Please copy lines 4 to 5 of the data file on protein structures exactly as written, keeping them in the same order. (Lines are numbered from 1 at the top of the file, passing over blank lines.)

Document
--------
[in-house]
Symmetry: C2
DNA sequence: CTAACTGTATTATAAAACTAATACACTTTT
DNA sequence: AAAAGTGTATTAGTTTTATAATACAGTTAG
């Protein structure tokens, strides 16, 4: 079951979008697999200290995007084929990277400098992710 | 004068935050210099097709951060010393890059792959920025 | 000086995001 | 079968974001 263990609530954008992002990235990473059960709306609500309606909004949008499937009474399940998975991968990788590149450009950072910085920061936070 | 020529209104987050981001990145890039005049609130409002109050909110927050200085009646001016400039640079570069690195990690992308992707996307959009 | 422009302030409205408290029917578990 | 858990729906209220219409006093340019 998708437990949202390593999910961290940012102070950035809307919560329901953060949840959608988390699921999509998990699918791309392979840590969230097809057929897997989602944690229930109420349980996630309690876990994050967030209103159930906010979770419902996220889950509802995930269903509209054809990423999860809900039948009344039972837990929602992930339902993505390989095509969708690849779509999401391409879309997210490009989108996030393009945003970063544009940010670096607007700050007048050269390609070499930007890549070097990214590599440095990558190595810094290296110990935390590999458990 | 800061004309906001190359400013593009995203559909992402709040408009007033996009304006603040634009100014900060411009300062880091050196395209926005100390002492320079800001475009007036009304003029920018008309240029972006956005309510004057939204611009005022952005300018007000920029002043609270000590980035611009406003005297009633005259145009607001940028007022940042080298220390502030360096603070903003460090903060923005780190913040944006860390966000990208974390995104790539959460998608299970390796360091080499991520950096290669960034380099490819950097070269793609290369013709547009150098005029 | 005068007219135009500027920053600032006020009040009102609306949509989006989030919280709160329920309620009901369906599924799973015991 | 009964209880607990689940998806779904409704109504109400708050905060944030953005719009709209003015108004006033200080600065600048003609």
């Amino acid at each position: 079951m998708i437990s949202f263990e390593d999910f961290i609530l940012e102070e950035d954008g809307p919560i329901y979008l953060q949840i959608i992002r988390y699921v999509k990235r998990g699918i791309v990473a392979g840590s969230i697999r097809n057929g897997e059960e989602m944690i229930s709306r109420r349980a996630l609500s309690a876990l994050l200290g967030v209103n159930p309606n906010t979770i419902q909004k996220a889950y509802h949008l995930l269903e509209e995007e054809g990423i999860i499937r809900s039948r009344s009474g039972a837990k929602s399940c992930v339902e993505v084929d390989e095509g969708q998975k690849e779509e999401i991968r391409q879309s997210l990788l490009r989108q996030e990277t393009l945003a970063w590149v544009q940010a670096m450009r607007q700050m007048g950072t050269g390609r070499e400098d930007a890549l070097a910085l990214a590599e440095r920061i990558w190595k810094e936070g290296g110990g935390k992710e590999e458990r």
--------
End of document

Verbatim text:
DNA sequence: AAAAGTGTATTAGTTTTATAATACAGTTAG
């Protein structure tokens, strides 16, 4: 079951979008697999200290995007084929990277400098992710 | 004068935050210099097709951060010393890059792959920025 | 000086995001 | 079968974001 263990609530954008992002990235990473059960709306609500309606909004949008499937009474399940998975991968990788590149450009950072910085920061936070 | 020529209104987050981001990145890039005049609130409002109050909110927050200085009646001016400039640079570069690195990690992308992707996307959009 | 422009302030409205408290029917578990 | 858990729906209220219409006093340019 998708437990949202390593999910961290940012102070950035809307919560329901953060949840959608988390699921999509998990699918791309392979840590969230097809057929897997989602944690229930109420349980996630309690876990994050967030209103159930906010979770419902996220889950509802995930269903509209054809990423999860809900039948009344039972837990929602992930339902993505390989095509969708690849779509999401391409879309997210490009989108996030393009945003970063544009940010670096607007700050007048050269390609070499930007890549070097990214590599440095990558190595810094290296110990935390590999458990 | 800061004309906001190359400013593009995203559909992402709040408009007033996009304006603040634009100014900060411009300062880091050196395209926005100390002492320079800001475009007036009304003029920018008309240029972006956005309510004057939204611009005022952005300018007000920029002043609270000590980035611009406003005297009633005259145009607001940028007022940042080298220390502030360096603070903003460090903060923005780190913040944006860390966000990208974390995104790539959460998608299970390796360091080499991520950096290669960034380099490819950097070269793609290369013709547009150098005029 | 005068007219135009500027920053600032006020009040009102609306949509989006989030919280709160329920309620009901369906599924799973015991 | 009964209880607990689940998806779904409704109504109400708050905060944030953005719009709209003015108004006033200080600065600048003609």